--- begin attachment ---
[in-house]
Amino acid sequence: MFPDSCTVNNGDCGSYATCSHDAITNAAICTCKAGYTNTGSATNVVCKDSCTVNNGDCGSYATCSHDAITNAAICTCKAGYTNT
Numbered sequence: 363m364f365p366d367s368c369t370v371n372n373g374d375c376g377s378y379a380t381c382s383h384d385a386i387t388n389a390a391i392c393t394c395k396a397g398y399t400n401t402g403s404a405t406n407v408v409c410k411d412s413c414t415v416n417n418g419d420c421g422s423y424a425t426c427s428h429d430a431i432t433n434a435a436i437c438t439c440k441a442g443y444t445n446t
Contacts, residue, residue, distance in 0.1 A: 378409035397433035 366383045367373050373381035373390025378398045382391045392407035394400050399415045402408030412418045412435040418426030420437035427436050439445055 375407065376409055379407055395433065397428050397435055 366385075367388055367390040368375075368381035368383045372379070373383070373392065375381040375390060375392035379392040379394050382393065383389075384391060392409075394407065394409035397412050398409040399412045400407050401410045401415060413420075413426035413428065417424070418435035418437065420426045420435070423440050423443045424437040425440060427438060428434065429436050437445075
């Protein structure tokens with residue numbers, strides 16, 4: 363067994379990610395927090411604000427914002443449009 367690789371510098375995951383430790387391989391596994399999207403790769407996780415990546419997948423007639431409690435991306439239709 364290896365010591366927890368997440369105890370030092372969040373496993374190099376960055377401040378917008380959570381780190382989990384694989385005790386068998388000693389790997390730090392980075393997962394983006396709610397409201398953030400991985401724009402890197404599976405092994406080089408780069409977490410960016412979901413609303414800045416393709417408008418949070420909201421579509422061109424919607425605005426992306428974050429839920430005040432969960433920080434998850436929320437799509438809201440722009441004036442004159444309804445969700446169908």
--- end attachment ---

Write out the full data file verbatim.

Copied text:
[in-house]
Amino acid sequence: MFPDSCTVNNGDCGSYATCSHDAITNAAICTCKAGYTNTGSATNVVCKDSCTVNNGDCGSYATCSHDAITNAAICTCKAGYTNT
Numbered sequence: 363m364f365p366d367s368c369t370v371n372n373g374d375c376g377s378y379a380t381c382s383h384d385a386i387t388n389a390a391i392c393t394c395k396a397g398y399t400n401t402g403s404a405t406n407v408v409c410k411d412s413c414t415v416n417n418g419d420c421g422s423y424a425t426c427s428h429d430a431i432t433n434a435a436i437c438t439c440k441a442g443y444t445n446t
Contacts, residue, residue, distance in 0.1 A: 378409035397433035 366383045367373050373381035373390025378398045382391045392407035394400050399415045402408030412418045412435040418426030420437035427436050439445055 375407065376409055379407055395433065397428050397435055 366385075367388055367390040368375075368381035368383045372379070373383070373392065375381040375390060375392035379392040379394050382393065383389075384391060392409075394407065394409035397412050398409040399412045400407050401410045401415060413420075413426035413428065417424070418435035418437065420426045420435070423440050423443045424437040425440060427438060428434065429436050437445075
């Protein structure tokens with residue numbers, strides 16, 4: 363067994379990610395927090411604000427914002443449009 367690789371510098375995951383430790387391989391596994399999207403790769407996780415990546419997948423007639431409690435991306439239709 364290896365010591366927890368997440369105890370030092372969040373496993374190099376960055377401040378917008380959570381780190382989990384694989385005790386068998388000693389790997390730090392980075393997962394983006396709610397409201398953030400991985401724009402890197404599976405092994406080089408780069409977490410960016412979901413609303414800045416393709417408008418949070420909201421579509422061109424919607425605005426992306428974050429839920430005040432969960433920080434998850436929320437799509438809201440722009441004036442004159444309804445969700446169908």